TABLE V__________________________________________________________________________                     Warp Wrap Stiffness,           Wrinkle Recovery                     Tear Break                               BendingPolycarboxylic  Angle (W + F                     Strength                          Strength                               MomentAcid            Cond.                Wet  Retained                          Retained                               (Warp)__________________________________________________________________________9.5% 1,2,3-propane-           300°                .sup. 274°                      61%  57% 5.3 × 10.sup.-4 in.-lb.tricarboxylic acid10.4% citric acid.sup.a           295  251  62   56   4.89.4% trans-1-propene-           296  238  72   58   3.91,2,3-tricarboxylic acid.sup.b6.3% all-cis-1,2,3,4-           298  262  68   54   4.9cyclopentanetetracarboxylic acid6% DMDHEU.sup.c 303  271  54   44   4.2Untreated fabric           200  141  (100)                          (100)                               4.8__________________________________________________________________________ .sup.a The treated fabric had a light yellow discoloration after the hot water rinse. The durable press rating was 4.7 with or without polyethylen softener. .sup.b This agent caused a deep yellow discoloration in the rinsed fabric .sup.c Same run with dimethyloldihyroxyethyleneurea as in Tables I and II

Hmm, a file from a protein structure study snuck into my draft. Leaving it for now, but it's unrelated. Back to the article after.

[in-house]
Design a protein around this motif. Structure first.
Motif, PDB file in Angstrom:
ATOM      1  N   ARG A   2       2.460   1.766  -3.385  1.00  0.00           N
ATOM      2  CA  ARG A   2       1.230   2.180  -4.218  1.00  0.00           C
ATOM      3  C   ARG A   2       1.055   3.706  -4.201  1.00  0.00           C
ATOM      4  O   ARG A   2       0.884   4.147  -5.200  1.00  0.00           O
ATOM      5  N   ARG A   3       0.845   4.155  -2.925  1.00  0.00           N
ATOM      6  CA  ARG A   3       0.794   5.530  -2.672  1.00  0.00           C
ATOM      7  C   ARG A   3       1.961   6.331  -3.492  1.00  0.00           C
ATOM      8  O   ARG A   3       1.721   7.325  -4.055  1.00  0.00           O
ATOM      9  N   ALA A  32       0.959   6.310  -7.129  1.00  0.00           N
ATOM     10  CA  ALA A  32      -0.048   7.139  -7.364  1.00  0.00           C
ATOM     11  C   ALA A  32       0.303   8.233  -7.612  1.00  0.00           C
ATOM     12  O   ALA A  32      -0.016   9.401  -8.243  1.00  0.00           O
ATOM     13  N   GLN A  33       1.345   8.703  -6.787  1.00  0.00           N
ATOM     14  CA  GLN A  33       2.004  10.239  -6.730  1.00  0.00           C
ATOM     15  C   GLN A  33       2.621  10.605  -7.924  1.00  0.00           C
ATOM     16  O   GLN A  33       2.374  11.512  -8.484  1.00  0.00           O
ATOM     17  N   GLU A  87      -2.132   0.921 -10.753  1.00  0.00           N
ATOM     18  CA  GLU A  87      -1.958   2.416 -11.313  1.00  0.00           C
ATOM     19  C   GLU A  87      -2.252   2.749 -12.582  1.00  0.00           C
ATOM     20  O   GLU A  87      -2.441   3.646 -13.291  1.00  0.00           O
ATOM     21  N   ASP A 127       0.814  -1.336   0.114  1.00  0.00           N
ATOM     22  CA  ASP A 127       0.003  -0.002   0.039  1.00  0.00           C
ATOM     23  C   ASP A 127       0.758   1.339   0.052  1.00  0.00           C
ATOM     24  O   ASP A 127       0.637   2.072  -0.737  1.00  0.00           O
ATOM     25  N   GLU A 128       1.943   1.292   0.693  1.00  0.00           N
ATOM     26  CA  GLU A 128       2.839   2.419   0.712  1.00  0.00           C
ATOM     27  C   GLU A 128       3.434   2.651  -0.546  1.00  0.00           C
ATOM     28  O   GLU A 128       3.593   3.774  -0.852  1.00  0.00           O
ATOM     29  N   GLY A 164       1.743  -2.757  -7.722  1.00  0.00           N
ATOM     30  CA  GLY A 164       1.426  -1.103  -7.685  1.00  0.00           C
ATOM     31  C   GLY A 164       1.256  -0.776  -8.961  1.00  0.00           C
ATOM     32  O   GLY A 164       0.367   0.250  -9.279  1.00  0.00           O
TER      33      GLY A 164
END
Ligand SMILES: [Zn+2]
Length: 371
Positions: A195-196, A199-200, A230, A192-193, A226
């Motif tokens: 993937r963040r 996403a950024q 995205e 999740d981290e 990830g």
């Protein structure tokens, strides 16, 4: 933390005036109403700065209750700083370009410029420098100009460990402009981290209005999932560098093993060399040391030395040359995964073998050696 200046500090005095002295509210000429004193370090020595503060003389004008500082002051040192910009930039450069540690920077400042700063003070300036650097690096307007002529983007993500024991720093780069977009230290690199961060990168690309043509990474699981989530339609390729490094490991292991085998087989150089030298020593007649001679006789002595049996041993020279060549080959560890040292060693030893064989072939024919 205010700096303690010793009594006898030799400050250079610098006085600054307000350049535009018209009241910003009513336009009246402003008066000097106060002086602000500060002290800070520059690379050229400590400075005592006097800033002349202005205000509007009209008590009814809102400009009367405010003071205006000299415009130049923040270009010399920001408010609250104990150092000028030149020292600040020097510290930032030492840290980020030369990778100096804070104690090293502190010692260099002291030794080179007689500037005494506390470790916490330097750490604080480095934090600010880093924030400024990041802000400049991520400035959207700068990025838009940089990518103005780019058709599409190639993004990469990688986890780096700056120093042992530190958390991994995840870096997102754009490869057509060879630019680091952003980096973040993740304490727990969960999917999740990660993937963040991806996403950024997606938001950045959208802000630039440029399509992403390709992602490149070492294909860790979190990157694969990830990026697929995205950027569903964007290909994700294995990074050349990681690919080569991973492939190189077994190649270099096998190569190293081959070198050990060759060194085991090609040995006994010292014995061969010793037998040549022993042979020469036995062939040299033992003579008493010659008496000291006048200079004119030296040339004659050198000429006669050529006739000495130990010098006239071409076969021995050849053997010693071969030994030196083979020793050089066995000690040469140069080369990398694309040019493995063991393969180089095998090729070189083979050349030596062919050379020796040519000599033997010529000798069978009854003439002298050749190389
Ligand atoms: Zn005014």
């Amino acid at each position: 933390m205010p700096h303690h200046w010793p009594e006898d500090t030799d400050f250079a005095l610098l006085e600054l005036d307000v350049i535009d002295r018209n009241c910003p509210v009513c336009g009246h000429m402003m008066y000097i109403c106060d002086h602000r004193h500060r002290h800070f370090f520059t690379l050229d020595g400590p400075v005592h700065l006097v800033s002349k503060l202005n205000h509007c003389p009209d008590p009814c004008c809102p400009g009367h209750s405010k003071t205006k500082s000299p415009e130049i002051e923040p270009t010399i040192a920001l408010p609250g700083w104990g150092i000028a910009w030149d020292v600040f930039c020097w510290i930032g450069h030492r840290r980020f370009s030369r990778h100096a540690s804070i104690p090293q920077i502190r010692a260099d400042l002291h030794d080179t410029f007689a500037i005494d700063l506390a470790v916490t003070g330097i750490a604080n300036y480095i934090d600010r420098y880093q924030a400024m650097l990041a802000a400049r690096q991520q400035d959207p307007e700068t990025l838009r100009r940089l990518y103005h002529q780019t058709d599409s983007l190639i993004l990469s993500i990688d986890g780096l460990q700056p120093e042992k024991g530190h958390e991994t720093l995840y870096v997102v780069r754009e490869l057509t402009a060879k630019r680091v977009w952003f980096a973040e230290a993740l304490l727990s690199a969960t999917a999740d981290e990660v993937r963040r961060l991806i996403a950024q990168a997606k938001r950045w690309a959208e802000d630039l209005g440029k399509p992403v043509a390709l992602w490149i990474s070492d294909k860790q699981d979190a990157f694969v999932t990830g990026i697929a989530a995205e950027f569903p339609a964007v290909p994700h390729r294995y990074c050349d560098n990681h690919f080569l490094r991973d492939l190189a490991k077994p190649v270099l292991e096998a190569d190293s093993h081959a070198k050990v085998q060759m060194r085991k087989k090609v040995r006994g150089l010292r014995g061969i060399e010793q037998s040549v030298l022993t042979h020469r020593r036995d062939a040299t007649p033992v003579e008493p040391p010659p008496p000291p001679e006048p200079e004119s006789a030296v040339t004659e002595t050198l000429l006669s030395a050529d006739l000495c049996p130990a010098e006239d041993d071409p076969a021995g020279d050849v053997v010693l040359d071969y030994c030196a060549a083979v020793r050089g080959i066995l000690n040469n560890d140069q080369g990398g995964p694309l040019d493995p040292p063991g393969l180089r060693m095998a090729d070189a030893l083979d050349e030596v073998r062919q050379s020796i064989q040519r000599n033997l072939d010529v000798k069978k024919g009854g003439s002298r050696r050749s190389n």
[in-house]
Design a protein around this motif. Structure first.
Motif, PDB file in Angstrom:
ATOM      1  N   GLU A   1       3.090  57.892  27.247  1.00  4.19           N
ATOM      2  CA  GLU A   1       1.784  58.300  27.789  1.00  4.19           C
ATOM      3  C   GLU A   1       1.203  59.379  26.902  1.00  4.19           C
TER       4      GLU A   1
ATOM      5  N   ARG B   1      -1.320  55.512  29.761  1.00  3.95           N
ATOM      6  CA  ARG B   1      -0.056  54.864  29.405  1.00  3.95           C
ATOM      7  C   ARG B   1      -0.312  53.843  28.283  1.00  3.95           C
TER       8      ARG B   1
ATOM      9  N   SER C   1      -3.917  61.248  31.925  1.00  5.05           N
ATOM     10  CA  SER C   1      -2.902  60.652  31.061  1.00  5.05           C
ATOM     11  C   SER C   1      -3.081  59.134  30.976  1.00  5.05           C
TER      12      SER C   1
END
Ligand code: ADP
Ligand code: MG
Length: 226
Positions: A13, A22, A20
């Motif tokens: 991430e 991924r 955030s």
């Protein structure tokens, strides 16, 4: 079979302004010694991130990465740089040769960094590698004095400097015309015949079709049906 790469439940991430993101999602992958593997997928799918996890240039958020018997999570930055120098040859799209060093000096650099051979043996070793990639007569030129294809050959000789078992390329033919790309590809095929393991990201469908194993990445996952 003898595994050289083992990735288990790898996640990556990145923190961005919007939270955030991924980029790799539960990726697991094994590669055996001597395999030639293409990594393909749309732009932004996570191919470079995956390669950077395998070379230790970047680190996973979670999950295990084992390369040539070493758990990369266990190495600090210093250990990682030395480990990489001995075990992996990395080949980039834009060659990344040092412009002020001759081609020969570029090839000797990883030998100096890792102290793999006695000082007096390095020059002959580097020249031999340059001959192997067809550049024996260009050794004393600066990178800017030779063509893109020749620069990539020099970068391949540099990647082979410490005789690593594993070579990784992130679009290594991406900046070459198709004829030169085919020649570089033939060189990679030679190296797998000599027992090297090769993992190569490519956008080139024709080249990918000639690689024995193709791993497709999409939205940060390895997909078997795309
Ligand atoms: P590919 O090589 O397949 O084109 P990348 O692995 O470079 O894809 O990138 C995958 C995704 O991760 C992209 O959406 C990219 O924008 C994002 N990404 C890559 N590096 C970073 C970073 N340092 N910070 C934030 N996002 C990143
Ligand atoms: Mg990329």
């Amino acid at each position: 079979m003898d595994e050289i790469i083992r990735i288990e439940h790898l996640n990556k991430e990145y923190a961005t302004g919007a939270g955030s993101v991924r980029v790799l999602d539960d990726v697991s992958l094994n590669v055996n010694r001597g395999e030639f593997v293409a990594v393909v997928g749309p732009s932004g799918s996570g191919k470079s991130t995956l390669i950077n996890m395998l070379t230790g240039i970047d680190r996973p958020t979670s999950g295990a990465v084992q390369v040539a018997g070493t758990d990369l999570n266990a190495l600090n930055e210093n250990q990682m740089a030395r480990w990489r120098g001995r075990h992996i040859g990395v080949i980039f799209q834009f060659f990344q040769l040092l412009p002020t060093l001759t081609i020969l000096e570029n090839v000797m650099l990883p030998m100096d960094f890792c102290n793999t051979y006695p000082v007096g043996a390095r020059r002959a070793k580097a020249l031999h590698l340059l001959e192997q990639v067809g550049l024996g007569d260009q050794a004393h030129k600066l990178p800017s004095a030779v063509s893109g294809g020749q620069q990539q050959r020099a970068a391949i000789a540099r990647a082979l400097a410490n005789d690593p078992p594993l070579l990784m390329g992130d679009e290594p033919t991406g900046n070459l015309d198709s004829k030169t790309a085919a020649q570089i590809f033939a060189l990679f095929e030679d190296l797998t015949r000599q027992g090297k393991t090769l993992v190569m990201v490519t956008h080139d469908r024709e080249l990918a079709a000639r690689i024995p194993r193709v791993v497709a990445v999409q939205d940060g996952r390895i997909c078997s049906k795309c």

The data show aliphatic, alicyclic and aromatic polycarboxylic acids having 2-6 carboxyl groups per molecule impart wrinkle resistance and smooth drying properties to cotton fabric when heat cured on the fabric in the presence of an alkali metal phosphite or hypophosphite as a curing catalyst. The polycarboxylic acid used may also contain a carbon-carbon double bond or a hydroxyl group on a carbon atom attached to a carboxyl group in the molecule without eliminating the effectiveness in imparting durable press properties. The appearance of a yellow discoloration in white fabric treated with polycarboxylic acids containing a double bond or hydroxyl group can be concealed by afterdyeing the fabric with a basic dye, or by the use of fabric suitably dyed prior to treatment. A carboxyalkylthio substituent on a carbon atom attached to a carboxyl group in the polycarboxylic acid had no adverse effect on fabric whiteness, and was beneficial to the smooth drying properties.